"I keep thinking I'm dreaming, I really do," Bayne said after the race while surrounded by his team. "I am so thankful for the job that these guys did on this race car. It's unbelievable. Our first (Daytona) 500, are you kidding me?"
The race, decided in the second overtime, included a track record 74 lead changes, 22 different leaders, 16 cautions and ended with some fans taking car debris home as souvenirs.
"It was 520 miles of sheer terror out there," said Edwards. "It was wild. If that was a lesser group of drivers out there it would have been really, really bad."
So unexpected was victory for Bayne that he almost missed the entrance to Victory Lane, where the winning driver heads for his celebration, that he said on his team radio he did not know what to do.
"I didn't know how to get to Victory Lane but we will hopefully find our way back there," said the Wood Brothers driver who has no victories on the second tier Nationwide Series.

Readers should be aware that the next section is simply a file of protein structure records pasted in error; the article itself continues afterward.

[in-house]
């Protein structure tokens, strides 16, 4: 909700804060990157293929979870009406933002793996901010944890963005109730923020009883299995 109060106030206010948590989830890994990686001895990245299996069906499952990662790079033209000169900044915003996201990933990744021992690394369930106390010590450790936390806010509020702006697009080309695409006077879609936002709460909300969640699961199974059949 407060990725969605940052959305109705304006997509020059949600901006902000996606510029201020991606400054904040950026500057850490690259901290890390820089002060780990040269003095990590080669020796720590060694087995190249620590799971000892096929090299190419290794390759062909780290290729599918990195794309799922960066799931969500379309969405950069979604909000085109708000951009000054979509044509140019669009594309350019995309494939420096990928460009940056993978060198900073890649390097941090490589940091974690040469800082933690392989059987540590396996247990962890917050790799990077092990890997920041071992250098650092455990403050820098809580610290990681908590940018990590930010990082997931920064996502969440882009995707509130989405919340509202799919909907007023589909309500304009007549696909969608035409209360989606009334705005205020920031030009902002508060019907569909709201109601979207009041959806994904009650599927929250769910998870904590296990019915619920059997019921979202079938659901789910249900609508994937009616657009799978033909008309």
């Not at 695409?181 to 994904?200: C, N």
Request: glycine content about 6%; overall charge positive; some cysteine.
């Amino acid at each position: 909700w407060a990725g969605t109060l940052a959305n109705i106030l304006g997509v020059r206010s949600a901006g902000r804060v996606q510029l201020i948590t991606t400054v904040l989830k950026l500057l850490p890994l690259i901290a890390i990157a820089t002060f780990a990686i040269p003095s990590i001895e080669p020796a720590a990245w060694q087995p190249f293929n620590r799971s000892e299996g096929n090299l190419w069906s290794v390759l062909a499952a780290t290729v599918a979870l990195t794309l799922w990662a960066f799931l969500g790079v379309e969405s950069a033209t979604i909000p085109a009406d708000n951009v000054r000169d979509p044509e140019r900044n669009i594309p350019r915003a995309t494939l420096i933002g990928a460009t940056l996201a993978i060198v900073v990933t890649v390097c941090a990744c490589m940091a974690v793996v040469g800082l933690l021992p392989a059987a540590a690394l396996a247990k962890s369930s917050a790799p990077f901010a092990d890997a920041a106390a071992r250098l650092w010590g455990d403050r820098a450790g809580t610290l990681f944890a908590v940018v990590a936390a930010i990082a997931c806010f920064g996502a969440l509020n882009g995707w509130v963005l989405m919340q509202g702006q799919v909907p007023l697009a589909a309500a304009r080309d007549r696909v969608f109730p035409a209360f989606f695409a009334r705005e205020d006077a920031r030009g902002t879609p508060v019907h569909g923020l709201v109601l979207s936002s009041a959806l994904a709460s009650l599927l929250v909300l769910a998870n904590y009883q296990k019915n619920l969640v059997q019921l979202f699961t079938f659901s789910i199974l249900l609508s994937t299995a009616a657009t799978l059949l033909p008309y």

Bayne was not even racing for Sprint Cup points as he does not have a full-time ride in the competition due to the lack of a sponsor -- a situation that could change quickly.
There was a poignant moment near the start of the race when the crowd of over 150,000 people held three fingers in the air during a moment of silence for the entire third lap as a tribute to Dale Earnhardt.
Seven-times NASCAR champion Earnhardt died when he crashed his famous number three Chevy Goodwrench on the final lap of the 2001 Daytona 500.
There was no fairytale finish for his son, Dale Jr., whose car was towed off the track after suffering damage in a collision during the first overtime.
Five-time Sprint Cup champion Jimmie Johnson was one of a number of leading drivers effectively out of contention after a 14 car pile-up on turn three of the 19th lap.
David Ragan looked well positioned for a shot at victory when he led the pack at the start of the first overtime but he was black-flagged for changing lanes too soon at the restart.